The general data on the scale of human suffering may not sufficiently capture and convey the plight of individual Somali. Yet in the figures, are thousands of human lives devastated for no good reason except that they were born Somali and grounded in the country.

We can get a glimpse of the type of personal suffering experienced by summarizing the individual stories of a couple of people that have been reported. Natheefa Ali, who escaped a bloodbath in Mogadishu to a market town of Afgooye, said that her 10-month-old baby was so malnourished she could not swallow.  “Look,” Ms. Natheefa said, pointing to her daughter’s splotchy legs, “her skin is falling off, too.” In Afgooye where Natheefa Ali escaped to, the United Nations report shows that the malnutrition rate is 19 percent, as compared with about 13 percent in Darfur. Malnutrition of 15 percent is considered the emergency threshold.

Another individual, Fadumo Abdullahi, aged 30, fled fighting in Somalia's capital, Mogadishu, and trekked to a makeshift camp for the displaced on the outskirts of Bosasso, the commercial capital of the self-declared autonomous region of Puntland, in northeastern Somalia, which is nearly 1,000 miles northeast of Mogadishu. She fled leaving her four children with her mother, in the hope to undertake the arduous journey to Yemen and then Saudi Arabia. The trip to Bosasso took her 10 days, navigating around bandits checkpoints where people were shot routinely.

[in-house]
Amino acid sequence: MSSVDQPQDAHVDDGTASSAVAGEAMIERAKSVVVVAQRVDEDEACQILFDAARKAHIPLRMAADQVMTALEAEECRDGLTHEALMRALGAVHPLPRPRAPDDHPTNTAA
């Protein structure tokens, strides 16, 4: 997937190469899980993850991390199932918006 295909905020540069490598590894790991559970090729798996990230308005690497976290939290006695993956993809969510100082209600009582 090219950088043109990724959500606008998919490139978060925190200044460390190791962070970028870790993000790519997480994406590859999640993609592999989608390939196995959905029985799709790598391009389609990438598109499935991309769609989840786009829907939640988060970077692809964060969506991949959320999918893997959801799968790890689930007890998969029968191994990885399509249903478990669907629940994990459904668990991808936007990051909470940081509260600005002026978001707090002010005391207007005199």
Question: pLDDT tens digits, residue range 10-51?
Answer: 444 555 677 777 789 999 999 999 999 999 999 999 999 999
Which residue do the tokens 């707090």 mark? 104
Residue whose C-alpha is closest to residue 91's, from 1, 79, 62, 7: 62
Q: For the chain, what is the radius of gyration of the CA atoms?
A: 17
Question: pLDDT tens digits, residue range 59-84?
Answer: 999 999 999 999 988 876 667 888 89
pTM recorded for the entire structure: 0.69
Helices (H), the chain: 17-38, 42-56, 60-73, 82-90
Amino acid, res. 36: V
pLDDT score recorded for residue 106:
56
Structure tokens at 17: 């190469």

Interviewed in Bosasso, she said, "I have no relatives here, so I stay at the camp [for internally displaced people] during the night and during the day I go out to people's homes to take away their rubbish. They pay me 5,000 shillings [about 25 US cents] for every load of garbage I remove. On a good day I make about 25,000 [$1.25] but some days I get nothing. I know the danger I face going to Yemen, but what is the alternative? In Mogadishu, you don’t know from day to day whether you will see another sunset. You hear about women robbed or raped every day. My neighbor was raped and then beaten badly with a gun by soldiers. She was in hospital, not dead but not alive.

That is when we moved and my mother and I decided that I should take the risk of going to Saudi. I know going to Yemen I may die but only once. There are worse things than that kind of dying, and that was staying in Mogadishu." By mid December, it was estimated that that 60 percent of Mogadishu's residents had fled their homes.
The humanitarian situation had deteriorated so much that by mid-December 2007, children in particular were in exceptionally precarious conditions that UNICEF called for the creation of safe zones in Somalia for about 1.5m children whose lives have been blighted by the conflict. In a statement, the head of UNICEF, Ann Veneman, pointed out that not only were the children malnourished and at a high risk of disease, but they were also suffering from exhaustion and emotional trauma.